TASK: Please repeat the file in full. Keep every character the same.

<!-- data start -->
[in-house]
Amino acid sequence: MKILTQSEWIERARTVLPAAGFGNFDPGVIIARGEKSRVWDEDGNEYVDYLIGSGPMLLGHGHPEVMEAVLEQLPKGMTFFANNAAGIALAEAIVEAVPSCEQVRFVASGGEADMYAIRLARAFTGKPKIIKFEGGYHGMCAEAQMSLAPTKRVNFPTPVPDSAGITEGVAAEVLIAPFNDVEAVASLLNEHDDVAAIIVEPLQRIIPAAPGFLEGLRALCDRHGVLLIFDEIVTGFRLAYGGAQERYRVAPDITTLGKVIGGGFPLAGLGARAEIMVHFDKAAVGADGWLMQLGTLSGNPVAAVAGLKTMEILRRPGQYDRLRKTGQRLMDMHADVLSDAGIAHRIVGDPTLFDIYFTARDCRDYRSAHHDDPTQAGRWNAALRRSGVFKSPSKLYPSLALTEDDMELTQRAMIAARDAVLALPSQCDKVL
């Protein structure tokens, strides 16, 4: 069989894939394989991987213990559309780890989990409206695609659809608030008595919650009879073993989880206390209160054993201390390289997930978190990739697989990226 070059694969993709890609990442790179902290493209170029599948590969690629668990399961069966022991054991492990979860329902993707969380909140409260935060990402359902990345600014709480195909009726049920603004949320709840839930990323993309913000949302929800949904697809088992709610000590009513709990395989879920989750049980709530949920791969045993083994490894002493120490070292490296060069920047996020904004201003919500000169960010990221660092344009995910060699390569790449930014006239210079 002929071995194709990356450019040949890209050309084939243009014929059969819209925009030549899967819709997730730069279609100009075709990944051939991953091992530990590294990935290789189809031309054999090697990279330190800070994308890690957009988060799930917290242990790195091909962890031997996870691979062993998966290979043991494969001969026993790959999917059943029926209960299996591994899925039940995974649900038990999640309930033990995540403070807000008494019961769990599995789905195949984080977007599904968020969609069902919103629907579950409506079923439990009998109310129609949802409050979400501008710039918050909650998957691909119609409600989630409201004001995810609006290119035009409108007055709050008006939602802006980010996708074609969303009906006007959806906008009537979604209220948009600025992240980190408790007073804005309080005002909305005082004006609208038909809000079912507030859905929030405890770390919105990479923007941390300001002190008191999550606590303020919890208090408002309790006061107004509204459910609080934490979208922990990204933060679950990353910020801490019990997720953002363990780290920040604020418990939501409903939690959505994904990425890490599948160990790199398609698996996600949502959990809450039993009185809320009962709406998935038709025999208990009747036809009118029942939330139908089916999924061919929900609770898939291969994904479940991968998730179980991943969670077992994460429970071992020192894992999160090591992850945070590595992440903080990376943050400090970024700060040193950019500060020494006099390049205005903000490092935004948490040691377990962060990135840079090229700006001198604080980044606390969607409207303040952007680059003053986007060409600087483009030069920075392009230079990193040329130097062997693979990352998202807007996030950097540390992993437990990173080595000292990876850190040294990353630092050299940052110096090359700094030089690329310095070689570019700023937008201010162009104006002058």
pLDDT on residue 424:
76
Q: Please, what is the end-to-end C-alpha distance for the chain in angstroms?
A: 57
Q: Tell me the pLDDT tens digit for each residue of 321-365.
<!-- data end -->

[in-house]
Amino acid sequence: MKILTQSEWIERARTVLPAAGFGNFDPGVIIARGEKSRVWDEDGNEYVDYLIGSGPMLLGHGHPEVMEAVLEQLPKGMTFFANNAAGIALAEAIVEAVPSCEQVRFVASGGEADMYAIRLARAFTGKPKIIKFEGGYHGMCAEAQMSLAPTKRVNFPTPVPDSAGITEGVAAEVLIAPFNDVEAVASLLNEHDDVAAIIVEPLQRIIPAAPGFLEGLRALCDRHGVLLIFDEIVTGFRLAYGGAQERYRVAPDITTLGKVIGGGFPLAGLGARAEIMVHFDKAAVGADGWLMQLGTLSGNPVAAVAGLKTMEILRRPGQYDRLRKTGQRLMDMHADVLSDAGIAHRIVGDPTLFDIYFTARDCRDYRSAHHDDPTQAGRWNAALRRSGVFKSPSKLYPSLALTEDDMELTQRAMIAARDAVLALPSQCDKVL
């Protein structure tokens, strides 16, 4: 069989894939394989991987213990559309780890989990409206695609659809608030008595919650009879073993989880206390209160054993201390390289997930978190990739697989990226 070059694969993709890609990442790179902290493209170029599948590969690629668990399961069966022991054991492990979860329902993707969380909140409260935060990402359902990345600014709480195909009726049920603004949320709840839930990323993309913000949302929800949904697809088992709610000590009513709990395989879920989750049980709530949920791969045993083994490894002493120490070292490296060069920047996020904004201003919500000169960010990221660092344009995910060699390569790449930014006239210079 002929071995194709990356450019040949890209050309084939243009014929059969819209925009030549899967819709997730730069279609100009075709990944051939991953091992530990590294990935290789189809031309054999090697990279330190800070994308890690957009988060799930917290242990790195091909962890031997996870691979062993998966290979043991494969001969026993790959999917059943029926209960299996591994899925039940995974649900038990999640309930033990995540403070807000008494019961769990599995789905195949984080977007599904968020969609069902919103629907579950409506079923439990009998109310129609949802409050979400501008710039918050909650998957691909119609409600989630409201004001995810609006290119035009409108007055709050008006939602802006980010996708074609969303009906006007959806906008009537979604209220948009600025992240980190408790007073804005309080005002909305005082004006609208038909809000079912507030859905929030405890770390919105990479923007941390300001002190008191999550606590303020919890208090408002309790006061107004509204459910609080934490979208922990990204933060679950990353910020801490019990997720953002363990780290920040604020418990939501409903939690959505994904990425890490599948160990790199398609698996996600949502959990809450039993009185809320009962709406998935038709025999208990009747036809009118029942939330139908089916999924061919929900609770898939291969994904479940991968998730179980991943969670077992994460429970071992020192894992999160090591992850945070590595992440903080990376943050400090970024700060040193950019500060020494006099390049205005903000490092935004948490040691377990962060990135840079090229700006001198604080980044606390969607409207303040952007680059003053986007060409600087483009030069920075392009230079990193040329130097062997693979990352998202807007996030950097540390992993437990990173080595000292990876850190040294990353630092050299940052110096090359700094030089690329310095070689570019700023937008201010162009104006002058």
pLDDT on residue 424:
76
Q: Please, what is the end-to-end C-alpha distance for the chain in angstroms?
A: 57
Q: Tell me the pLDDT tens digit for each residue of 321-365.